4) What geographic scale would you like? (an entire planet, a continent, a single country etc)

I actually don't care either way, as long as the play area is vast enough for players to have flexibility in their play. It can be a village or a whole planet, as long as players feel they have lots of options available at every turn.

5) Real world or generic/modular?

Either way is fine by me.

6) What time scale would you like? (i.e. should it be from Stoneage to Space Age, or will less suffice).

I actually would prefer a complete history, from Stoneage to present times. I don't care much for Space Age or beyond present times, though it may make the game more interesting in the long run.
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1) What is your favorite Civ game and why?
- I really like Attika as a base concept, and would love to see something like that developed into a meatier game. I love the buildings, the upgrade idea, and the way the resources work in it.

- I will say that I have enjoyed all the PC versions of "Sid Meier's Civ" and I kind of liked his board game implementation. I enjoyed the sense of building up my nation from a tiny city to a world-spanning empire.

- My all-time favorite game in the genre was "Master of Magic", a PC version of "Sid Meier's Civ" but with magic and monsters and odd races. It was a self-consistent, near-perfect game.


2) Does your favorite game have a downside - what?
- Attika is too short a game, focusses only on one civilization and one time period.

- "Sid Meier's Civ" is too 'epic'; it takes a long time to play and has too many time periods for my taste.

- Not enough random events, including plague and climate change and other catastrophes (hurricanes, for instances).


3) What would the ultimate civ game be in your opinion?
- One that focussed on either the development of a specific age -- Stone, Neolithic, Bronze/Chariot, Classical/Iron, Medieval -- or combined all to some of those, stopping at say the invention of Gunpowder.

- I would not mind a fantasy version, with Gods or magical forces or monsters or what-have-you.


4) What geographic scale would you like? (an entire planet, a continent, a single country etc)
- I like the use of the Mediterranean type of board (southern Europe, northern Africa, the entire Middle East) in many such games. I find that it allows for a lot of options, including trade and defense. The sea lanes provide a means for both trade and ship battles. Being a crossroads allows for maximum trade, as well as moving land forces.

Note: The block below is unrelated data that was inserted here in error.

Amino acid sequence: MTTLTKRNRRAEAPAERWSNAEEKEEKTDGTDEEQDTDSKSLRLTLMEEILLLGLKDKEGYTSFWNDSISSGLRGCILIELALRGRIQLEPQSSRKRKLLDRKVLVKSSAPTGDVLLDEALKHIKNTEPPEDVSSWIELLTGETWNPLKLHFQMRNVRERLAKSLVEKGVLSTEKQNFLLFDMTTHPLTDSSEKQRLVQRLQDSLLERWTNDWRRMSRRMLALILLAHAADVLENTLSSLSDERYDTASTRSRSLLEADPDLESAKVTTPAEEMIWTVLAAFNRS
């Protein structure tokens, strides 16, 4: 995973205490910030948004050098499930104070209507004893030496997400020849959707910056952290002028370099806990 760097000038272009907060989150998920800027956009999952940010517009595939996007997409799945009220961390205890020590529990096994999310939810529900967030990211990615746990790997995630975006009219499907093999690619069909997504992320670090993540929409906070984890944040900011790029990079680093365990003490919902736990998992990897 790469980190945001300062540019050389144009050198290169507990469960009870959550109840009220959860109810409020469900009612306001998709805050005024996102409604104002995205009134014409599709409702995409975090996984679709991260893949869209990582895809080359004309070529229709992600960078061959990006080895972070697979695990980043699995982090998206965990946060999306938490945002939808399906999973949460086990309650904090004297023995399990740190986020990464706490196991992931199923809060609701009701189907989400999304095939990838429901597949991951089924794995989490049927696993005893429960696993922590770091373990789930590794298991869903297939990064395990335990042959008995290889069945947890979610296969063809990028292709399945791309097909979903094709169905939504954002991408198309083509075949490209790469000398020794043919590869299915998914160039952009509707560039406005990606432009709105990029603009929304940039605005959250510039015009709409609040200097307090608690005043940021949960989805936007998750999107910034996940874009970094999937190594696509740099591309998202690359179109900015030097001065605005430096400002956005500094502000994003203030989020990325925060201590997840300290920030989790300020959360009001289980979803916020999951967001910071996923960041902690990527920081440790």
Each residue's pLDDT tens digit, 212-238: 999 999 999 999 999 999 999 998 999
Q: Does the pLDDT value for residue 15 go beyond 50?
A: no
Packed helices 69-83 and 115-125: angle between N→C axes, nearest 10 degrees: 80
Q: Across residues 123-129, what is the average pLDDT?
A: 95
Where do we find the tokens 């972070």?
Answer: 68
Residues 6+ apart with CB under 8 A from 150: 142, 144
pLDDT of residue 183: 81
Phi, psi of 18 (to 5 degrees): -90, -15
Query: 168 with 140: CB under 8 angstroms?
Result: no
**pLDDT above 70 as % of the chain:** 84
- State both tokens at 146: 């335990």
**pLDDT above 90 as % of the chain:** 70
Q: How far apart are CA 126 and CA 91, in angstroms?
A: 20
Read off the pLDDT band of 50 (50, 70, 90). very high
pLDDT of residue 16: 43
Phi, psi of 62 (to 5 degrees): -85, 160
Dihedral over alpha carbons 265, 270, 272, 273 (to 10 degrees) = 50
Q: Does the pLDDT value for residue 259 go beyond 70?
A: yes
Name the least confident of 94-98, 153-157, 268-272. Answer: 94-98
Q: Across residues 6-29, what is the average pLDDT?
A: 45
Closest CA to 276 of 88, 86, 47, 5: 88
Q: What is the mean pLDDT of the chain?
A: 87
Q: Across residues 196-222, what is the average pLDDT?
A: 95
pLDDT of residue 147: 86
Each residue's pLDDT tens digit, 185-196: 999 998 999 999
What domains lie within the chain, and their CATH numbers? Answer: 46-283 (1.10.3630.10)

- Putting things near the water allows for having lots of cities to be built; this is a logical thing that most people can relate to.

- The crossroads of the world thing has caused a lot of history to occur there. Limitting the geography to such an area would preserve an epic feel without losing focus, as would likely happen with a world-scale map.


5) Real world or generic/modular?
- I would prefer it to be either the Mediterranean (see above) or your own world, which might have legs. The idea of a modular Civ board is intriguing; it is one of the things I really like about Attika.

- Perhaps there can be "huts" with chits on them


6) What time scale would you like? (i.e. should it be from Stoneage to Space Age, or will less suffice).
- I prefer a limited time-scale. If this focuses only on one Age, sees it all the way through, and is well done then I am more likely to enjoy it than a game that strives to represent several eras.

- If you do create a multi-time-scale game, giving the Ages a theme (pre-Gunpowder, post-Gunpowder) would be preferred. I find it jarring sitting at a game where one civilization has F-14 jets and another is puttering along with Knights.


Hope this helps.
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Also:

In "Civ IV" for the PC, the players have a set of powers (2 per the leader they choose) that allow certain benefits. I find this a huge improvement on previous versions. So, yes, player/civilization powers.

A tech-tree that is intuitive.

I am with Koldfoot, in that combat should be an option but not the main point of the game. I would love to see trade and tech-discovery being the two main driving impetus' of a Civ game.

Hope this helps.
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Christian Marcussen
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It all helps... thanks!

Quote:
3) What would the ultimate civ game be in your opinion?

Like Adv Civ, with a playtime of 4 hours. Maybe include a more complex tech tree, a fog of war mechanism and a deeper diplomacy mechanism between civs.


Quote:
I am with Koldfoot, in that combat should be an option but not the main point of the game. I would love to see trade and tech-discovery being the two main driving impetus' of a Civ game.


If you guys have the time to elaborate on the highlighted points I would be very happy.

Quote:
- If you do create a multi-time-scale game, giving the Ages a theme (pre-Gunpowder, post-Gunpowder) would be preferred. I find it jarring sitting at a game where one civilization has F-14 jets and another is puttering along with Knights.